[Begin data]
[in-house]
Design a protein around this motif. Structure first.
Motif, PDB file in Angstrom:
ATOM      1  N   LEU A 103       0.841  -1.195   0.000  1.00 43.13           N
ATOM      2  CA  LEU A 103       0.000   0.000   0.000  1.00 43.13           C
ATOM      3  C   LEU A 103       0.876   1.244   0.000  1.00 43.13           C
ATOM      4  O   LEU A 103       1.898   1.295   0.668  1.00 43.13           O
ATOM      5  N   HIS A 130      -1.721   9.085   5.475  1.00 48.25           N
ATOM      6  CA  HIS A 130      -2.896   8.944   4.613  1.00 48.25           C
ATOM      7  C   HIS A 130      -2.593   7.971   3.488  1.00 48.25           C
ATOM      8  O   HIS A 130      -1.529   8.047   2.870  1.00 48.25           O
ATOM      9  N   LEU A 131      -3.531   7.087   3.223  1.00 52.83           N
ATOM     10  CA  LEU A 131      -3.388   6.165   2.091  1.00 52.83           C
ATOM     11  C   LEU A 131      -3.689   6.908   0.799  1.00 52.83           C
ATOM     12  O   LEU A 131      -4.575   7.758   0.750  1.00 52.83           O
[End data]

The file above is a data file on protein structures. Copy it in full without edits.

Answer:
[in-house]
Design a protein around this motif. Structure first.
Motif, PDB file in Angstrom:
ATOM      1  N   LEU A 103       0.841  -1.195   0.000  1.00 43.13           N
ATOM      2  CA  LEU A 103       0.000   0.000   0.000  1.00 43.13           C
ATOM      3  C   LEU A 103       0.876   1.244   0.000  1.00 43.13           C
ATOM      4  O   LEU A 103       1.898   1.295   0.668  1.00 43.13           O
ATOM      5  N   HIS A 130      -1.721   9.085   5.475  1.00 48.25           N
ATOM      6  CA  HIS A 130      -2.896   8.944   4.613  1.00 48.25           C
ATOM      7  C   HIS A 130      -2.593   7.971   3.488  1.00 48.25           C
ATOM      8  O   HIS A 130      -1.529   8.047   2.870  1.00 48.25           O
ATOM      9  N   LEU A 131      -3.531   7.087   3.223  1.00 52.83           N
ATOM     10  CA  LEU A 131      -3.388   6.165   2.091  1.00 52.83           C
ATOM     11  C   LEU A 131      -3.689   6.908   0.799  1.00 52.83           C
ATOM     12  O   LEU A 131      -4.575   7.758   0.750  1.00 52.83           O